A new hypothesis to explain phosphorus-induced zinc deficiencies Public Deposited

http://ir.library.oregonstate.edu/concern/graduate_thesis_or_dissertations/9z903360r

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  • The phenomena known as "phosphorus-induced zinc deficiencies" are poorly understood. Conclusions drawn from research efforts designed to identify the mechanism of the phosphorus-zinc interaction are, in many cases, incompatible. Similarities in the data from a number of literature reports of "phosphorus-induced zinc deficiencies" have led to the development of the hypothesis that so-called "phosphorus-induced zinc deficiencies" result from the correction of phosphorus deficiencies in growth mediums which are also potentially zinc deficient. To test this hypothesis, corn, beans, and potatoes were grown in dithizone purified nutrient solutions consisting of three zinc levels (0, .1356, and .4068 μM Zn²⁺) in factorial combination with four phosphorus levels (.02, .10, 1.0, and 3.0 mM PO₄³⁺). Yield, and the concentration and uptake of zinc, phosphorus, iron, manganese, potassium, calcium, magnesium, and sulfur were measured for the roots, stems, and leaves for each plant species. Deficiency symptoms and yield responses to phosphorus and zinc were in agreement with the above stated hypothesis in that zinc deficiencies and yield responses to zinc were obtained for all three plant species only after phosphorus deficiencies were corrected. In no case did increasing phosphorus level in the nutrient solution induce a zinc deficiency when zinc was at a low, but adequate, level in the nutrient solution. Reductions in zinc concentration in plant tissue with increasing phosphorus concentration in the nutrient solution could be explained as dilution effects, and in no case was total zinc uptake reduced by increasing the concentration of phosphorus in the nutrient solution. Although reductions in the top to root zinc concentration ratio were observed as phosphorus level in the nutrient solution was increased, the apparent reduction in zinc translocation can be explained on the basis of dilution of plant zinc by the yield response to phosphorus. Evidence is presented to indicate that high phosphorus levels in plant tissue do not induce a zinc deficiency, but rather are the result of zinc deficiency under conditions of high phosphorus availability. The hypothesis presented in this investigation also adequately explains a much greater proportion of the data in the literature on "phosphorus-induced zinc deficiencies" than do other hypotheses. In contrast to other hypotheses, the hypothesis presented in this investigation also adequately explains the data from those reports in the literature in which high rates of phosphorus were applied without inducing a zinc deficiency. It is suggested that the use of the misleading description, "phosphorus-induced zinc deficiency," be discontinued and that the phenomena be described as what they really are: zinc deficiencies resulting after the correction of phosphorus deficiencies on growth mediums which are also potentially zinc deficient.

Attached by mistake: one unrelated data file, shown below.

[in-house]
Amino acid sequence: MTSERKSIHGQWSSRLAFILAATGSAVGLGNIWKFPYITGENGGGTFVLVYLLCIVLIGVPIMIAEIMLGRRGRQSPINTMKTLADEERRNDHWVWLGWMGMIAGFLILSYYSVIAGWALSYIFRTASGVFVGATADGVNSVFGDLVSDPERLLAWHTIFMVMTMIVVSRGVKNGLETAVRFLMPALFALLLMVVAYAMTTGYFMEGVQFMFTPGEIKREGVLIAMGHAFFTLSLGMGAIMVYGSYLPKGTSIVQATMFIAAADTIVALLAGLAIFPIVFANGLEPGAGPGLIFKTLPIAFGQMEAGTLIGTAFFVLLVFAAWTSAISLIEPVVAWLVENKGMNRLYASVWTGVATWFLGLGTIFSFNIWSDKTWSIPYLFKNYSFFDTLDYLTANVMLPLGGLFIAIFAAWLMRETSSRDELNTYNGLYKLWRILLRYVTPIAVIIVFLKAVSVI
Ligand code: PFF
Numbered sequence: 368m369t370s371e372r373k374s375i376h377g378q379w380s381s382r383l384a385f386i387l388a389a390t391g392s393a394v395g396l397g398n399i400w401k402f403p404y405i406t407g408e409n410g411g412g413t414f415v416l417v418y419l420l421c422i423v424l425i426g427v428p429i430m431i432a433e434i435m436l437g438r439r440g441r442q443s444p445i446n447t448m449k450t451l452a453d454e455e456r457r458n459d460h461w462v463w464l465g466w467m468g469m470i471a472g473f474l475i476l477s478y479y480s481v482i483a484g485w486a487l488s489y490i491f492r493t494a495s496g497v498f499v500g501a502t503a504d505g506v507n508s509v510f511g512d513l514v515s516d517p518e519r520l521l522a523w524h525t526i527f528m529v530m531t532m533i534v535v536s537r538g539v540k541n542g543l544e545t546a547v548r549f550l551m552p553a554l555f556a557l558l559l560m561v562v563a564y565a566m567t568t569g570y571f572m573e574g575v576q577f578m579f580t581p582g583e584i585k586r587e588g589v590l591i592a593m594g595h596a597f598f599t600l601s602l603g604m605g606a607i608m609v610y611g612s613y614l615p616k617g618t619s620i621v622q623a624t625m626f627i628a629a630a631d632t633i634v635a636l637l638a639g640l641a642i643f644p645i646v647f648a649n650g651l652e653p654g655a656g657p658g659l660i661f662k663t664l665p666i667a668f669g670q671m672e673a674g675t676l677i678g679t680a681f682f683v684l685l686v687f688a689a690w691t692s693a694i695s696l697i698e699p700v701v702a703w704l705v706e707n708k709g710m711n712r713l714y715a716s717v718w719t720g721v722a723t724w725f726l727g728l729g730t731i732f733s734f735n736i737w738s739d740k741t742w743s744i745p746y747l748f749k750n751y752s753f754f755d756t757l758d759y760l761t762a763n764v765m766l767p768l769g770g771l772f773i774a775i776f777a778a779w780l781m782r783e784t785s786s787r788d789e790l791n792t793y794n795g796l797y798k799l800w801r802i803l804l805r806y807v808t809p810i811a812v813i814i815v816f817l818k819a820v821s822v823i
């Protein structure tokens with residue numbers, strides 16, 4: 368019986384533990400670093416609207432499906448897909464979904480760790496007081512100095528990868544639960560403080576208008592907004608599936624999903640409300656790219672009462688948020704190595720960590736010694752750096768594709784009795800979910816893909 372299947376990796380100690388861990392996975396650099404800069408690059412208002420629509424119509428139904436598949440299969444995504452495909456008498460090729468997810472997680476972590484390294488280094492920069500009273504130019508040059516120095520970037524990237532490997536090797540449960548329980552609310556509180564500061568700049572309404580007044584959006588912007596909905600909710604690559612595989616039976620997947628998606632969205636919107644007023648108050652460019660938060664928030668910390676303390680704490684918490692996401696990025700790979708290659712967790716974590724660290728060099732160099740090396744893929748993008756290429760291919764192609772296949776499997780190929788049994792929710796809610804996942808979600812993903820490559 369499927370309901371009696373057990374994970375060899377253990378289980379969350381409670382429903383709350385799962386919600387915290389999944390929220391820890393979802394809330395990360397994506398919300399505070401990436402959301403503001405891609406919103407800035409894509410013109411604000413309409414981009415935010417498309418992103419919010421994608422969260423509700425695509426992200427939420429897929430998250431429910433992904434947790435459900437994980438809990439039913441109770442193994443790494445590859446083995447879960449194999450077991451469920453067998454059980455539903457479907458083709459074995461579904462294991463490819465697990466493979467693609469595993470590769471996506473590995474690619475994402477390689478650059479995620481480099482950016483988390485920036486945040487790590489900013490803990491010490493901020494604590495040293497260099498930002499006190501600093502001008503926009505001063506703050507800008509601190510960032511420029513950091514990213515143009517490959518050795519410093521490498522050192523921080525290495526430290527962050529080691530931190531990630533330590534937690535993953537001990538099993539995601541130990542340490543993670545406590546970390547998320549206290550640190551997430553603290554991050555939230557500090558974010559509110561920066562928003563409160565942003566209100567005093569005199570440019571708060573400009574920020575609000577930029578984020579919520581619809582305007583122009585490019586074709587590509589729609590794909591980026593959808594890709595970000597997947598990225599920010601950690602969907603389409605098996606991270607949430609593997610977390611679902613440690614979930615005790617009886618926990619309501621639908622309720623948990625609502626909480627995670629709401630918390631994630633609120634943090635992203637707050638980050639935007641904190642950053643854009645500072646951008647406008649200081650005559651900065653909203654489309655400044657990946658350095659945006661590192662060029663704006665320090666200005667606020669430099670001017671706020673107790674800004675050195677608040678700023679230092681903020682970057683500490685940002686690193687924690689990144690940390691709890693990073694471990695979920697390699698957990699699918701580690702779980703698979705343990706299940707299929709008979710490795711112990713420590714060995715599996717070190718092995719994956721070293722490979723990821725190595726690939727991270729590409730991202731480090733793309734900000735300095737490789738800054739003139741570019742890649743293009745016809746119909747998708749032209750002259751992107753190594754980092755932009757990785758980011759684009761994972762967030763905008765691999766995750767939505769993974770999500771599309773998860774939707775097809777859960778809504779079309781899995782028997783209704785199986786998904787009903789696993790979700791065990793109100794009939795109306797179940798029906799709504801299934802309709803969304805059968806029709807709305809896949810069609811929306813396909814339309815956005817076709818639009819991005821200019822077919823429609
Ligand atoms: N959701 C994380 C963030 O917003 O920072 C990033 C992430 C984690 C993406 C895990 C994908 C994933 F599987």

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  • description.provenance : Submitted by Madison Medley (mmscannerosu@gmail.com) on 2014-01-16T21:21:18Z No. of bitstreams: 1 ChristensenNeilW1972.pdf: 1359110 bytes, checksum: 9f5139ea1d7058b84ddc09e7acda517d (MD5)
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